"There was a loud tear and the whole scalp ripped... I was looking at the inside of my own face." - David Holland
Extract from 'to hell and back' by Gary Tippet http://www.theage.com.au/news/in-depth/to-hell-and-beyond/2007/05/26/1179601723901.html
He wore his straight black hair in a pony-tail that hung just below his shoulders, but at work he folded and rolled it into a bun that sat on the back of his head like a small fist.
It was just 9am, but already oven hot. He was bathed in sweat, mixed with black, peaty dirt. The dessicating wind gusted and skittered across the empty subdivision. It must have flicked a little of his hair out of its bun and as he straightened he felt a couple of tiny tugs as a few strands blew into the orbit of the auger.
Then it grabbed the rest. Dave's head slammed sideways into the unguarded drill. He felt it bounce once against the rotating auger and his right ear began to rip away.
When it happened, it took seconds. But in his memory and flashbacks it goes forever, like an interior movie run in surround sound and cruel slow-motion so he doesn't miss a detail:
As his hair knotted tighter, he'd stretched for the controls. The lever that controlled the auger did not operate as hold-to-run, so the drill had kept rotating even while his hands were off it. He couldn't reach the emergency stop button. "At that moment I experienced total terror," he says. "I believed there was nothing I could do and I was going to die.
"I'm slammed into the rig and it's turning full-pelt . . . I don't know what was louder: the sound of the engine screaming or the sound of flesh and tendons tearing.
"I knew my ear had just been torn off. At this stage it was still connected at the base of the ear lobe and hanging down by a thread of skin."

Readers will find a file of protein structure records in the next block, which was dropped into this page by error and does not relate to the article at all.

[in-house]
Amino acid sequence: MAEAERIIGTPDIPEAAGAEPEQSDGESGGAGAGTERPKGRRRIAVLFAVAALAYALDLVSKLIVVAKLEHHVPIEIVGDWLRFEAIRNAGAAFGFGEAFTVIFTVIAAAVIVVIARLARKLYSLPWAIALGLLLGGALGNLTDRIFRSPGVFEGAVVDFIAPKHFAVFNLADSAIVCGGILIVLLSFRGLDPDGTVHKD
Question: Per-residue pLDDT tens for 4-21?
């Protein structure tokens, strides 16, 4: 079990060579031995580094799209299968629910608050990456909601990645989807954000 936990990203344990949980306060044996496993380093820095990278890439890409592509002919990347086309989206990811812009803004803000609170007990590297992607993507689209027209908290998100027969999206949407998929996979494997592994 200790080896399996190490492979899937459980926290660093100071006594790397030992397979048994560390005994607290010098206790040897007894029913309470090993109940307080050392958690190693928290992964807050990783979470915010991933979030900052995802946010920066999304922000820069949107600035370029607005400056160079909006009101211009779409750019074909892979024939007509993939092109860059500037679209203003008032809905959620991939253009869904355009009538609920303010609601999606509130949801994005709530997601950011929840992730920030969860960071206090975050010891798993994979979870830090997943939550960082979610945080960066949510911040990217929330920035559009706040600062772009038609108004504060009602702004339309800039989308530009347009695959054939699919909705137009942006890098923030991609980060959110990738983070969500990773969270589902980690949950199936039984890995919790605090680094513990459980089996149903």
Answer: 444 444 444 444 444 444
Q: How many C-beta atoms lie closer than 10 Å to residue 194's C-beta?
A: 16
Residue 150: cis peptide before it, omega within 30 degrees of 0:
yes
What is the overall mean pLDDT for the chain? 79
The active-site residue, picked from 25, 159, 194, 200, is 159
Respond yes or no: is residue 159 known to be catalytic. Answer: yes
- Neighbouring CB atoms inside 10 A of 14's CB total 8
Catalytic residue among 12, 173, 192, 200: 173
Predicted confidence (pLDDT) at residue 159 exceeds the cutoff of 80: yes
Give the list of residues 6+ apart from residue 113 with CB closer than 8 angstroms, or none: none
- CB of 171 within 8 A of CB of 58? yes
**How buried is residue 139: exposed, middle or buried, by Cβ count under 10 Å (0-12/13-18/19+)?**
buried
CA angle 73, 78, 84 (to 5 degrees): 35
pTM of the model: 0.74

Dave was in a red haze of pain but knew he had to get some sort of control. He twisted his body to bring himself face-on to the rig as it dragged him upwards. A patch of skin between his right ear and eye ripped away. He felt the auger catch a nerve - "this gristly thing" - beside the ear and pluck it out.
His face was millimetres from the spinning metal and somehow he noticed its edges were marred by sharp nicks and dents. "I remember, in slow-motion, a splinter piece of metal protruding off the auger and piercing into my right eye and slicing across the eye ball."
All he could think to do was pull until his hair broke. He lowered his head until it was banging into the auger and it was gouging a crater the size of a 20-cent coin into his skull. He braced himself: "I've got my palms on both edges of the staff, I've got one foot up on the rig and I'm pushing off with every bit of strength I had. I'm putting everything into it.
"In my mind's eye I'm trying to break the hair. But the first thing that went was the back of the scalp. I felt it go. I heard a tear and then felt this extraordinary cold chill and I started to realise my scalp was coming off."
At that moment, Dave heard two short, sharp cracks from near the base of his skull. They reverberated down his back and he knew he'd just broken his neck.
For years one of the things he most feared was becoming quadriplegic and now it seemed to be happening. But somehow he was still standing.
"When I think back to it I recall the degrees of pain and wonder why I was still functioning," he says. "I'm no special man: I pale and run and hide from pain the same as anyone else. But I had no choice. I guess I put the remaining fear away and kept pulling."
It was either that or, as he says now, get turned into mashed potato.
"I remember putting in a hell-mission of strength. I heard another tear and my head could move a little. I was still pushing, there was a loud tear and the whole scalp ripped from the back forward and I was looking at the inside of my own face as it pulled away from my skull to the end of my nose."
As he jerked free, Dave spun in a semi-circle. He was determined to stay on his feet because if he went to ground, he suspected, he wouldn't get up.
Blood was spurting from his skull and what was left of his face seemed to droop loosely over his cheekbones. He pulled it up so he could see. When he turned back, his scalp was flapping on the rotating auger.
"Oh f---," he whispered. "Oh f---! Oh f---!"
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